Usher syndrome is a genetic condition, meaning you inherited it from your parents. There are three types of Usher syndrome. Each causes varying degrees of hearing and vision loss. In some cases, the condition also results in trouble with balance.
Usher syndrome is a disease that leads to hearing loss and vision loss. Some people also experience balance problems. Usher syndrome is a disease you are born with. Healthcare providers usually diagnose it during childhood.
There are three types of Usher syndrome. All three cause varying degrees of hearing and vision loss. Some also cause difficulties with balance. The different types cause symptoms starting at different ages.
About 4 to 17 per 100,000 children are born with Usher syndrome and it's the cause of deafness in 3% to 6% of all children who are deaf. To inherit the disease, both of your parents must carry the gene that causes it.
There are three types of Usher syndrome:
Usher syndrome is an inherited condition. You get it through mutated (changed) genes your parents carry.
The condition is a recessive disorder, meaning you have to inherit copies of the mutated gene from each parent. If both parents carry the gene, they have a 1 in 4 chance of having a baby with Usher syndrome.
Symptoms vary in their severity and when they begin, depending on the type of Usher syndrome. Common symptoms include:
In most cases, Usher syndrome symptoms continue to worsen over time. In severe cases, it can lead to deafness and blindness. People with less severe forms of the disease may experience only moderate hearing and vision loss.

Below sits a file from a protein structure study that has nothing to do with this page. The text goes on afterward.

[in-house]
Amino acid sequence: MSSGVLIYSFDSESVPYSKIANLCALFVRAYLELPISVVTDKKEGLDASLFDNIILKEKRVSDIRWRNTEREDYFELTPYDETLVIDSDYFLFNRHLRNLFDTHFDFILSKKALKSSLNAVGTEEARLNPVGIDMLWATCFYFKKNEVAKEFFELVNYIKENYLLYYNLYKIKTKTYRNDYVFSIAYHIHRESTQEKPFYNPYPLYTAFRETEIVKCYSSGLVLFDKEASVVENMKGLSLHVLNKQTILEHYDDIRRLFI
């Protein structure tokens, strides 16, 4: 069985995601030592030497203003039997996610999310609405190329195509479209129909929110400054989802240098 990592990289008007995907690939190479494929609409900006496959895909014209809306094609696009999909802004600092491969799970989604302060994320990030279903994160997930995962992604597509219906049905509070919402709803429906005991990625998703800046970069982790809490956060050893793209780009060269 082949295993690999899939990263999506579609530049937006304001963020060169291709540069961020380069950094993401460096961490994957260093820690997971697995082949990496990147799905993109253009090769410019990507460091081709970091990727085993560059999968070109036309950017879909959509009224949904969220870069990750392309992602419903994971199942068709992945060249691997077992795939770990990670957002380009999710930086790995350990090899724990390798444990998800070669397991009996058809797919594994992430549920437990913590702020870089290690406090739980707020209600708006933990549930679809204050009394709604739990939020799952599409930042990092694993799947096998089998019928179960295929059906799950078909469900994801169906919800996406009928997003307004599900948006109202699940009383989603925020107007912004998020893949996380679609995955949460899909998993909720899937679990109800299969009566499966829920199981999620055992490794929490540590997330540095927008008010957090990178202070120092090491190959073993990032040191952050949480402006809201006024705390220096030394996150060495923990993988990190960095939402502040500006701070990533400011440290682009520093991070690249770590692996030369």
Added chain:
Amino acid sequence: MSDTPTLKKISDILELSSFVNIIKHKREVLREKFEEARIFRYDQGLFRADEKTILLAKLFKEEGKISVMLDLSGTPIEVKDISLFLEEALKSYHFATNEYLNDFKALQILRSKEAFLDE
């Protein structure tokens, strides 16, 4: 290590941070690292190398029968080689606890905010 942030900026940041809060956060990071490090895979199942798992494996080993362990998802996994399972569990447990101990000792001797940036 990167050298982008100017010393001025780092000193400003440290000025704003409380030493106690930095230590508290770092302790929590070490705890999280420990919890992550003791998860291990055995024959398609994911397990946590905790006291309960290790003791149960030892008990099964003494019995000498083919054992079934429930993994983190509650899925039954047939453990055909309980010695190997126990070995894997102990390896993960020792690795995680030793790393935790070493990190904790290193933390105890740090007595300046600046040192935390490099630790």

Babies born with Usher syndrome Type 1 may experience balance problems. Those problems may mean delays in their ability to sit or walk without assistance. They may need extra help with activities — like bike riding or ice skating — that require good balance.
The retina is a tissue at the back of your eye that helps you see. The gene mutation in Usher syndrome affects the retina's light-sensing cells called rods and cones. This condition is called retinitis pigmentosa or RP.
In RP, the retina's light-sensing rods and cones slowly go bad, starting at the outer edges. As RP gets worse, the person loses peripheral (edges) vision first then central vision.
The cochlea is a spiral structure in the inner ear that transmits sound. In Usher syndrome, the gene mutation affects the nerve cells in the cochlea so they do not transmit sound normally.
If your child experiences changes in their hearing, vision or balance, your healthcare provider may recommend following up with specialists who can help diagnose the cause. Early diagnosis is important to get your child the help they need as soon as possible. Testing may include:
There is currently no cure for Usher syndrome, but there are many ways to manage the disease. Treatments focus on improving the ability to communicate and function independently. Possible therapies may include:
Usher syndrome occurs because of the genes you inherit. At this time, there is no way to prevent it.
Genetic testing can determine if you and your partner both carry the gene. A genetic counselor can help you understand the risks of passing the gene to your child, especially if hearing loss runs in your family.
Although Usher syndrome doesn’t have a cure, children with Usher syndrome can live full and happy lives. Hearing and vision therapies can help them communicate and remain independent.
Early diagnosis of Usher syndrome is essential. The earlier a child receives the help they need, the better equipped they will be to manage hearing and vision loss.
You should call your healthcare provider if your child experiences:
You may want to ask your healthcare provider:
A note from Cleveland Clinic
Usher syndrome is a rare genetic disease that causes hearing and vision loss. There is no cure for Usher syndrome, but many therapies can help. With early diagnosis and treatment, your child can lead a full, active life. Getting the right assistance for your child’s hearing and vision loss will help them communicate and stay independent.
Last reviewed by a Cleveland Clinic medical professional on 05/14/2021.
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